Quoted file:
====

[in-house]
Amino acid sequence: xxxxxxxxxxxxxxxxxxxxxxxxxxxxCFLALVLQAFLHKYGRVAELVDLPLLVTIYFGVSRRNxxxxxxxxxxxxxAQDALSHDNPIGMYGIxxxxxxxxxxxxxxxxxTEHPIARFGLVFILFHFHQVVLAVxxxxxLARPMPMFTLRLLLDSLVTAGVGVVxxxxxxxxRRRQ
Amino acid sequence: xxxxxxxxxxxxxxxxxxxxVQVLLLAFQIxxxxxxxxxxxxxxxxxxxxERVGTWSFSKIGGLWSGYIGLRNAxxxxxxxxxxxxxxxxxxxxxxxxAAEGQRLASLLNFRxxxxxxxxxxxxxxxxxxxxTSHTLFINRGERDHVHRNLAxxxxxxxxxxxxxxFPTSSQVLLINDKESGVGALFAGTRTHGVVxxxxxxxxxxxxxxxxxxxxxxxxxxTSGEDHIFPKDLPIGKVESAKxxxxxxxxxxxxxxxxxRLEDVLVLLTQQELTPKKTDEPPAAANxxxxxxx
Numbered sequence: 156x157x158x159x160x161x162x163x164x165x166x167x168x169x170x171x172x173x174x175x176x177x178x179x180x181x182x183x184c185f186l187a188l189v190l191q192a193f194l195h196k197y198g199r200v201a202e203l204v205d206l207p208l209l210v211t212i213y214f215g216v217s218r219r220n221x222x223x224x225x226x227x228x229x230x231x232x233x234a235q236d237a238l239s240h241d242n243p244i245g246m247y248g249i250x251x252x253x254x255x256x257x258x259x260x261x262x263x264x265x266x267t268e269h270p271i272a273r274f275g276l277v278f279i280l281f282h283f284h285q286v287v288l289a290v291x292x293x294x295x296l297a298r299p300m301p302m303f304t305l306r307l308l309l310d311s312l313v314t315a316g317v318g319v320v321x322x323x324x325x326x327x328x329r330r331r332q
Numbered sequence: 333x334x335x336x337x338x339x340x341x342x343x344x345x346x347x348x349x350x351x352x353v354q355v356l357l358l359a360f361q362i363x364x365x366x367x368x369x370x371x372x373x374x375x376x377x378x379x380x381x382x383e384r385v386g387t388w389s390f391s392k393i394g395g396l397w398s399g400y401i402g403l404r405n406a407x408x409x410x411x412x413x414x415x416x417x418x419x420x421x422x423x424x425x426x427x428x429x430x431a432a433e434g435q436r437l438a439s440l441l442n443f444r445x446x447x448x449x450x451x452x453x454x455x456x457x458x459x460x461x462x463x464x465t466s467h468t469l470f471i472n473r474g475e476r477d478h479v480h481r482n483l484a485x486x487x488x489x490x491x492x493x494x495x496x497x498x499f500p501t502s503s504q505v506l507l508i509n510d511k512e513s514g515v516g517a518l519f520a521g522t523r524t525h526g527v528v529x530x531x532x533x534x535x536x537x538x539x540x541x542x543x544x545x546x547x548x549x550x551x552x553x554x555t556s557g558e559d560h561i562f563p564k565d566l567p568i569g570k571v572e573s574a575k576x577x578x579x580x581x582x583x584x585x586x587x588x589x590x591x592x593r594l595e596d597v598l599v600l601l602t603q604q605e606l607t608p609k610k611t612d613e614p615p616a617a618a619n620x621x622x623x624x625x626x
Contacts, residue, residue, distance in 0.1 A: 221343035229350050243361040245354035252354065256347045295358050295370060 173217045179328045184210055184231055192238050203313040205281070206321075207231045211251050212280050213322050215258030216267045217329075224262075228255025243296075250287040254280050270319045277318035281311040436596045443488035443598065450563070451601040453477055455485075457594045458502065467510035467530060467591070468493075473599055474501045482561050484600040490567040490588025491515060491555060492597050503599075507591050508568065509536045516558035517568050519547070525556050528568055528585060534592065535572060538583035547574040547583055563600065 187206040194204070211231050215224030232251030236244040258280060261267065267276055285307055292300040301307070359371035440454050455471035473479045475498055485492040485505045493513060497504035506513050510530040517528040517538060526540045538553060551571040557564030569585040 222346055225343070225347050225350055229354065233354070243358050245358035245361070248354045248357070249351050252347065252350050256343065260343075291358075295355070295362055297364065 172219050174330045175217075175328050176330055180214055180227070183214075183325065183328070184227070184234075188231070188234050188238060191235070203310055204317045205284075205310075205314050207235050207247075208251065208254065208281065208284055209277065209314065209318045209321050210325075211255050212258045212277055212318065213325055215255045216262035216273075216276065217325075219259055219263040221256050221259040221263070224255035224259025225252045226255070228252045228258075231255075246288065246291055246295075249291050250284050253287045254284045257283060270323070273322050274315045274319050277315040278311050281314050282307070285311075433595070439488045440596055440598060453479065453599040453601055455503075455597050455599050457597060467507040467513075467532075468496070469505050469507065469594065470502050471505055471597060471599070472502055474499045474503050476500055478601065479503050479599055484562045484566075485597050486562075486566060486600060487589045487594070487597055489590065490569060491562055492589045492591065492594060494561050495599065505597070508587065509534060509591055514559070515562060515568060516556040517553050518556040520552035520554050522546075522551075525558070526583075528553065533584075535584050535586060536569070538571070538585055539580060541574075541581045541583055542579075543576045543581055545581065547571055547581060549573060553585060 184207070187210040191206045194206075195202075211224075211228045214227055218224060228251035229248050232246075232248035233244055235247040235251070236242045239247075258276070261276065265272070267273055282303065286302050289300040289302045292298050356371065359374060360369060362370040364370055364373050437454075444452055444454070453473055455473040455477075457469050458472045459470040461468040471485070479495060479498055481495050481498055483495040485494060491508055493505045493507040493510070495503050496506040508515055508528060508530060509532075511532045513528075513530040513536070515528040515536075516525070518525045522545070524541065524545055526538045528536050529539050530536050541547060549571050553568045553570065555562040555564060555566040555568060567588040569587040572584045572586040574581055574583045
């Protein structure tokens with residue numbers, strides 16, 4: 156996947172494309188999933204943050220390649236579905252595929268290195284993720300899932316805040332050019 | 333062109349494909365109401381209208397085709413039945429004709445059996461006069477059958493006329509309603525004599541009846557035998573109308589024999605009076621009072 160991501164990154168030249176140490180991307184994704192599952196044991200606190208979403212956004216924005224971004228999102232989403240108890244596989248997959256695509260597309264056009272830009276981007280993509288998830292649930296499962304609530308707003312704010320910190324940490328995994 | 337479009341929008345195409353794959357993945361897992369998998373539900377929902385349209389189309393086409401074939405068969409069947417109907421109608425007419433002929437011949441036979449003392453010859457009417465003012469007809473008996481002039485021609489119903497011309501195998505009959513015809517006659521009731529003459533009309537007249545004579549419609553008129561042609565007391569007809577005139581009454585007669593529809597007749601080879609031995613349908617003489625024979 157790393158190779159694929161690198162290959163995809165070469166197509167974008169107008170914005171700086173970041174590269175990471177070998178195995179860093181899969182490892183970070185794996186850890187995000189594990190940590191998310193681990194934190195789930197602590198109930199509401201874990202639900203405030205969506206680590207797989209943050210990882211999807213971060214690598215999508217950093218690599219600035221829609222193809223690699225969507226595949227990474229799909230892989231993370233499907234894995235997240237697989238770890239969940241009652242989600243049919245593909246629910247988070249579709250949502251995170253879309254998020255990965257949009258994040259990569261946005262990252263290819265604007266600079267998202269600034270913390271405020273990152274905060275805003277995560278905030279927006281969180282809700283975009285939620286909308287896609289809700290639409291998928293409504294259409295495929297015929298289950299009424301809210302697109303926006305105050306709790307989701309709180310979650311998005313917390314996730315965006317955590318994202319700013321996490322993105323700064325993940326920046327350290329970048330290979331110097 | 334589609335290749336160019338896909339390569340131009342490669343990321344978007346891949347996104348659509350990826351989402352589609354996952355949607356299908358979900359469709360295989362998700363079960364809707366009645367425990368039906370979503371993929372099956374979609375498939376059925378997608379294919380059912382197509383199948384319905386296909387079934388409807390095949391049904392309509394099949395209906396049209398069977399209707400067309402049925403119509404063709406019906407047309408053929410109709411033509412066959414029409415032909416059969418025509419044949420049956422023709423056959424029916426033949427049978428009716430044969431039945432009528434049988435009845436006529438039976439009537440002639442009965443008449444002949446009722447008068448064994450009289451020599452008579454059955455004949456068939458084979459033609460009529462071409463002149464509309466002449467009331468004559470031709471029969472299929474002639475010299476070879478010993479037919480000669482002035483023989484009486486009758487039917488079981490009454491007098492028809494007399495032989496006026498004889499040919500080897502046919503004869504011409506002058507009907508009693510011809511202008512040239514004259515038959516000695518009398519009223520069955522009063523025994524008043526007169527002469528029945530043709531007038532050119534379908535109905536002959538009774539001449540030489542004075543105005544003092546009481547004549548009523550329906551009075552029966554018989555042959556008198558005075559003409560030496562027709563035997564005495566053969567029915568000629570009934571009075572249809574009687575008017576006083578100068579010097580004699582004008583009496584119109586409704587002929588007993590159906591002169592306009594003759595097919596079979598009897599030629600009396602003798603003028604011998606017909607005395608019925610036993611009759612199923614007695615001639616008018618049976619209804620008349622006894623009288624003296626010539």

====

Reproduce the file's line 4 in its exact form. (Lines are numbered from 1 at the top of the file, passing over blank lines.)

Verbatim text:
Numbered sequence: 156x157x158x159x160x161x162x163x164x165x166x167x168x169x170x171x172x173x174x175x176x177x178x179x180x181x182x183x184c185f186l187a188l189v190l191q192a193f194l195h196k197y198g199r200v201a202e203l204v205d206l207p208l209l210v211t212i213y214f215g216v217s218r219r220n221x222x223x224x225x226x227x228x229x230x231x232x233x234a235q236d237a238l239s240h241d242n243p244i245g246m247y248g249i250x251x252x253x254x255x256x257x258x259x260x261x262x263x264x265x266x267t268e269h270p271i272a273r274f275g276l277v278f279i280l281f282h283f284h285q286v287v288l289a290v291x292x293x294x295x296l297a298r299p300m301p302m303f304t305l306r307l308l309l310d311s312l313v314t315a316g317v318g319v320v321x322x323x324x325x326x327x328x329r330r331r332q